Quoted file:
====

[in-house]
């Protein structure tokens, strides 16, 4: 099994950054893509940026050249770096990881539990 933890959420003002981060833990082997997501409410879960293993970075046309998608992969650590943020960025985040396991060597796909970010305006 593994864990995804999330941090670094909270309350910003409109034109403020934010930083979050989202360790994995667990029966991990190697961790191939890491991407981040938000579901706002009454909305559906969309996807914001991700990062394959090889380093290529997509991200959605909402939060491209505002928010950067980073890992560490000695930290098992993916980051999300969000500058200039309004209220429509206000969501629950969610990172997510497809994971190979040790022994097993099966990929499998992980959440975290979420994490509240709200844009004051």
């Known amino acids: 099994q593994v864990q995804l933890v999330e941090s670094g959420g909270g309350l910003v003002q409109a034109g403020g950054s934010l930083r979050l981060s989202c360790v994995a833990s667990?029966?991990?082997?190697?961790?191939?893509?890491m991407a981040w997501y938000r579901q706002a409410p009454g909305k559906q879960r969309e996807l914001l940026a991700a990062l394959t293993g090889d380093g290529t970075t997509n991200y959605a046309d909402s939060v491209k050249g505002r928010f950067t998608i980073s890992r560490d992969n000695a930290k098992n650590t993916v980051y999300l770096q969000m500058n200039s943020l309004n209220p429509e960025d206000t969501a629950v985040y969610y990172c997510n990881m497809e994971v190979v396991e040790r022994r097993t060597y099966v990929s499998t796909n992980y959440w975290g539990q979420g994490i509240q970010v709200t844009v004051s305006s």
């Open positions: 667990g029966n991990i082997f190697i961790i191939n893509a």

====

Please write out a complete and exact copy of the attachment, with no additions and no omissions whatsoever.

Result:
[in-house]
């Protein structure tokens, strides 16, 4: 099994950054893509940026050249770096990881539990 933890959420003002981060833990082997997501409410879960293993970075046309998608992969650590943020960025985040396991060597796909970010305006 593994864990995804999330941090670094909270309350910003409109034109403020934010930083979050989202360790994995667990029966991990190697961790191939890491991407981040938000579901706002009454909305559906969309996807914001991700990062394959090889380093290529997509991200959605909402939060491209505002928010950067980073890992560490000695930290098992993916980051999300969000500058200039309004209220429509206000969501629950969610990172997510497809994971190979040790022994097993099966990929499998992980959440975290979420994490509240709200844009004051």
């Known amino acids: 099994q593994v864990q995804l933890v999330e941090s670094g959420g909270g309350l910003v003002q409109a034109g403020g950054s934010l930083r979050l981060s989202c360790v994995a833990s667990?029966?991990?082997?190697?961790?191939?893509?890491m991407a981040w997501y938000r579901q706002a409410p009454g909305k559906q879960r969309e996807l914001l940026a991700a990062l394959t293993g090889d380093g290529t970075t997509n991200y959605a046309d909402s939060v491209k050249g505002r928010f950067t998608i980073s890992r560490d992969n000695a930290k098992n650590t993916v980051y999300l770096q969000m500058n200039s943020l309004n209220p429509e960025d206000t969501a629950v985040y969610y990172c997510n990881m497809e994971v190979v396991e040790r022994r097993t060597y099966v990929s499998t796909n992980y959440w975290g539990q979420g994490i509240q970010v709200t844009v004051s305006s």
């Open positions: 667990g029966n991990i082997f190697i961790i191939n893509a």